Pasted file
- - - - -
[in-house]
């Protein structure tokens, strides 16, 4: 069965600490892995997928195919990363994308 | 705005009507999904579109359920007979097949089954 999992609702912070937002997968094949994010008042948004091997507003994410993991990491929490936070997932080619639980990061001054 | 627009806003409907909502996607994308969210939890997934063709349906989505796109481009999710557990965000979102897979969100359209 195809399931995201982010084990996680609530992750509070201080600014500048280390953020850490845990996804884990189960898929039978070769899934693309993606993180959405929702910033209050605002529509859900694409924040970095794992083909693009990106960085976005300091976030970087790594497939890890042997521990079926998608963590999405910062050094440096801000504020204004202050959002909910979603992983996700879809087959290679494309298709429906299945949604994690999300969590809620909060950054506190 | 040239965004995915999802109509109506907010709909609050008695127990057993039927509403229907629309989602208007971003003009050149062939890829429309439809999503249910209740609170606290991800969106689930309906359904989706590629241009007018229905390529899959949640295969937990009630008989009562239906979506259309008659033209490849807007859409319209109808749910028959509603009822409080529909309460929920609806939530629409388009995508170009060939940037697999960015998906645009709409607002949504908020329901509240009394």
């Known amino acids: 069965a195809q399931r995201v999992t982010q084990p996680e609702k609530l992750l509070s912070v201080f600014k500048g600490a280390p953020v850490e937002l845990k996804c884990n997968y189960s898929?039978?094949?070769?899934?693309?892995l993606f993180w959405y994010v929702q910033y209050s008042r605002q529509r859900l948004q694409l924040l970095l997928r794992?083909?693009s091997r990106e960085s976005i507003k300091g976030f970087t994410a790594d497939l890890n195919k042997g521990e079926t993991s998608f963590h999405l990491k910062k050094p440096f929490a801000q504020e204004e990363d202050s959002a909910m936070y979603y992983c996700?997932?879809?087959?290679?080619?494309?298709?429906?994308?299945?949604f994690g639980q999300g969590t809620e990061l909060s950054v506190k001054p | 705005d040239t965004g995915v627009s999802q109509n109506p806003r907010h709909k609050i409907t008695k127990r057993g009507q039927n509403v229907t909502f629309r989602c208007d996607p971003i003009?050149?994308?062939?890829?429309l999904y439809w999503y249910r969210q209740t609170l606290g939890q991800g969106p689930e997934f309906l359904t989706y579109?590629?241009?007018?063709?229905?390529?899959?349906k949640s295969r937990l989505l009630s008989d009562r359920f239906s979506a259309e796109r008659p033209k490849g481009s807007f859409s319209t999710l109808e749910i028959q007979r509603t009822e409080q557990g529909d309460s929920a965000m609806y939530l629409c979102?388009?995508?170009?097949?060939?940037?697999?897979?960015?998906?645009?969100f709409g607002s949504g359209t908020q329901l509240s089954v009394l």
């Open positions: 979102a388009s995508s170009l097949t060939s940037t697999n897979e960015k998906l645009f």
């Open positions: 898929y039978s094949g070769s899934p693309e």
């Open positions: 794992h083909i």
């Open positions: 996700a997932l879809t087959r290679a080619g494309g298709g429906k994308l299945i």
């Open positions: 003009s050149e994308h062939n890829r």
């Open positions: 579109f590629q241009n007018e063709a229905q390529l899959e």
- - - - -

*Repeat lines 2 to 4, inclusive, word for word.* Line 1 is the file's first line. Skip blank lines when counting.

């Protein structure tokens, strides 16, 4: 069965600490892995997928195919990363994308 | 705005009507999904579109359920007979097949089954 999992609702912070937002997968094949994010008042948004091997507003994410993991990491929490936070997932080619639980990061001054 | 627009806003409907909502996607994308969210939890997934063709349906989505796109481009999710557990965000979102897979969100359209 195809399931995201982010084990996680609530992750509070201080600014500048280390953020850490845990996804884990189960898929039978070769899934693309993606993180959405929702910033209050605002529509859900694409924040970095794992083909693009990106960085976005300091976030970087790594497939890890042997521990079926998608963590999405910062050094440096801000504020204004202050959002909910979603992983996700879809087959290679494309298709429906299945949604994690999300969590809620909060950054506190 | 040239965004995915999802109509109506907010709909609050008695127990057993039927509403229907629309989602208007971003003009050149062939890829429309439809999503249910209740609170606290991800969106689930309906359904989706590629241009007018229905390529899959949640295969937990009630008989009562239906979506259309008659033209490849807007859409319209109808749910028959509603009822409080529909309460929920609806939530629409388009995508170009060939940037697999960015998906645009709409607002949504908020329901509240009394």
């Known amino acids: 069965a195809q399931r995201v999992t982010q084990p996680e609702k609530l992750l509070s912070v201080f600014k500048g600490a280390p953020v850490e937002l845990k996804c884990n997968y189960s898929?039978?094949?070769?899934?693309?892995l993606f993180w959405y994010v929702q910033y209050s008042r605002q529509r859900l948004q694409l924040l970095l997928r794992?083909?693009s091997r990106e960085s976005i507003k300091g976030f970087t994410a790594d497939l890890n195919k042997g521990e079926t993991s998608f963590h999405l990491k910062k050094p440096f929490a801000q504020e204004e990363d202050s959002a909910m936070y979603y992983c996700?997932?879809?087959?290679?080619?494309?298709?429906?994308?299945?949604f994690g639980q999300g969590t809620e990061l909060s950054v506190k001054p | 705005d040239t965004g995915v627009s999802q109509n109506p806003r907010h709909k609050i409907t008695k127990r057993g009507q039927n509403v229907t909502f629309r989602c208007d996607p971003i003009?050149?994308?062939?890829?429309l999904y439809w999503y249910r969210q209740t609170l606290g939890q991800g969106p689930e997934f309906l359904t989706y579109?590629?241009?007018?063709?229905?390529?899959?349906k949640s295969r937990l989505l009630s008989d009562r359920f239906s979506a259309e796109r008659p033209k490849g481009s807007f859409s319209t999710l109808e749910i028959q007979r509603t009822e409080q557990g529909d309460s929920a965000m609806y939530l629409c979102?388009?995508?170009?097949?060939?940037?697999?897979?960015?998906?645009?969100f709409g607002s949504g359209t908020q329901l509240s089954v009394l």
């Open positions: 979102a388009s995508s170009l097949t060939s940037t697999n897979e960015k998906l645009f």